Solar net metering.

Solar Net Metering Explained: Everything You Need To Know

What Is Net Metering?

Net Metering (Net Energy Metering or NEM) is the pivotal solar power legislation and policy that allows homeowners to see savings through their solar energy systems. Through Net Metering, utility companies store the energy your solar energy system produces and allows you to freely use that energy in the future at any time during your metered year.

How Does Net Metering Work?

When you get your solar power system installed and turned on, your system begins producing energy. Eventually, your panels will produce more energy than what you actually need for your home or property. This extra energy that you don’t use is sent back to your utility’s grid. In turn, the spins your meter backward, showing a surplus of energy to your home. A few days, weeks, or months later, when you may need that extra energy, you can pull the energy that’s been stored in the grid back to your meter and your home. An example is like a bank: you put money in the bank, store up savings, and then take it out at a later time when you need it. Depending on which state you live in, your extra energy credits that you store up from your solar system’s production is “zeroed” out at the end of the month or year and replenished to 0 credits, thus restarting the Net Metering credit process.

If your roof size is adequate and the solar system installed on your roof is large enough, your panels should generate enough power to meet all your energy needs. This isn’t to say that your panels won’t underproduce in winter months or on cloudy days. In fact, this is exactly what Net Metering is for – to pull your excess energy that you over-produce in the summer sunnier months and use it in the lower-end months.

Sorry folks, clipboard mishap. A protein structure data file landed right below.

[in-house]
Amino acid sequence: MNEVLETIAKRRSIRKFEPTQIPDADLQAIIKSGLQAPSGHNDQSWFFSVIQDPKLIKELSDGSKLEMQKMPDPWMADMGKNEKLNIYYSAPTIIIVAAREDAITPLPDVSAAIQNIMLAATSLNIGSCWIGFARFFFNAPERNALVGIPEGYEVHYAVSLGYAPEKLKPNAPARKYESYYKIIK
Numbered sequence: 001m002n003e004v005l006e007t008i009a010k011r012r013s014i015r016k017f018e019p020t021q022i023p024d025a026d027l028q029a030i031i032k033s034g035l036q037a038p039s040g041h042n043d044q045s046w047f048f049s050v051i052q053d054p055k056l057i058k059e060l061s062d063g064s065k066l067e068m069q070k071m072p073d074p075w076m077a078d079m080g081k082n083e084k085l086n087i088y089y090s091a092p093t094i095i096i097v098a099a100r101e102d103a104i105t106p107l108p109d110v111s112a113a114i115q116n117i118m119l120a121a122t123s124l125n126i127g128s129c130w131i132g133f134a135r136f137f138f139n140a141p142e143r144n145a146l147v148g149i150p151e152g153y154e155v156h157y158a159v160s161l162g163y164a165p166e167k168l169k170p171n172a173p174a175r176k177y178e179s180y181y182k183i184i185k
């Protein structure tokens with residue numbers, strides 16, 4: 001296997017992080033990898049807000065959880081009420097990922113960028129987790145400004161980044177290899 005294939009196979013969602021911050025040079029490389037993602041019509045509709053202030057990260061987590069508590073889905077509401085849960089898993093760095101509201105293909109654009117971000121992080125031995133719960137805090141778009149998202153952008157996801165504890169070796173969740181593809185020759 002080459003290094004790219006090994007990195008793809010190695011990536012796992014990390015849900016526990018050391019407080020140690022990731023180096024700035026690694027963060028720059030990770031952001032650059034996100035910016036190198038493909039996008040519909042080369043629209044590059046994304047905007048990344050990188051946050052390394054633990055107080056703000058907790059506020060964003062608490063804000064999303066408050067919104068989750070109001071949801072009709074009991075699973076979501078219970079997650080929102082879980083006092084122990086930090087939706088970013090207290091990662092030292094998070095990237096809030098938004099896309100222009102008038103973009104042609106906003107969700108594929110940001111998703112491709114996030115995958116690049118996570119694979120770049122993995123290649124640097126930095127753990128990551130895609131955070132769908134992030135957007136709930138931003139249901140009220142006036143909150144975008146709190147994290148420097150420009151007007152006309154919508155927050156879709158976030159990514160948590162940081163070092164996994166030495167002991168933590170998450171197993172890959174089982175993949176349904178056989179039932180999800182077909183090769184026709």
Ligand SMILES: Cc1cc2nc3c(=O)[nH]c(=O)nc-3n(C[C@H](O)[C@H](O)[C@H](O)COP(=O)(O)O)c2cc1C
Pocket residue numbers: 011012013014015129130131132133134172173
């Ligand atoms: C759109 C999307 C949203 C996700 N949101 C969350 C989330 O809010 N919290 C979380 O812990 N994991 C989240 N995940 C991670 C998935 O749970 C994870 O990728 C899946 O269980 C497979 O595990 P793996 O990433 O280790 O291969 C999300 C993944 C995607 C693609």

Net Metering is also reflected on your utility bill statement, showing how many credits (kilowatt hours) you used and sent to the grid month by month. Net Metering does not allow you to receive cash payments for the energy your panels produce.

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Why Is Net Metering Necessary?

Net Metering is used to encourage the forward movement of renewable energy adoption in the United States. It is also used to help homeowners, municipalities and utility companies benefit from solar all together. Solar energy in states like Illinois, Indiana, Wisconsin, Florida, California, Arizona, Arkansas and more are seeing great moves into the solar era, largely thanks to Net Metering.

Do I Still Pay An Electric Bill With Net Metering?

With Net Metering, this is almost always an inevitable small connection fee to your utility company’s grid. This ranges anywhere between $10-$17 per month. This still comes in the form of a utility bill that you are still commonly used to receiving and paying. Apart from the connection fee, homes with solar power that cover their power needs fully will generally produce, and in some cases overproduce, the power their property needs. This will result in a balance of only the connection fee, meaning your utility bill will not reflect any extra expenses assuming your credits and power production met your home’s needs.

In the case where your system underproduces, you may see an added utility expense that was pulled from the grid after your energy and credits were used up. This may happen in winter months where production is renewed or slowed down. 

In summary, when your solar system produces more energy than you actually use over the course of a month, you get to receive a credit on your utility bill that is based on the net number of kilowatt-hours you gave back to the grid. In the case where your solar energy system produces less power than you used in a given month, you now must buy the electricity from your utility provider, in turn making up for the difference. This charge would show up on your utility bill as normal.

Can I Go Off-Grid With Net Metering?

In the truest sense, going “off the grid” requires a backup solar battery. These are available to install but can be high in price often. If you don’t have a backup battery, you are not able to go off grid and still take part in Net Metering. However, think of the utility grid as a giant battery for you – you are sending and receiving power from it as needed each month. Staying connected to the grid and partaking in Net Metering allows you to see better savings over time often.

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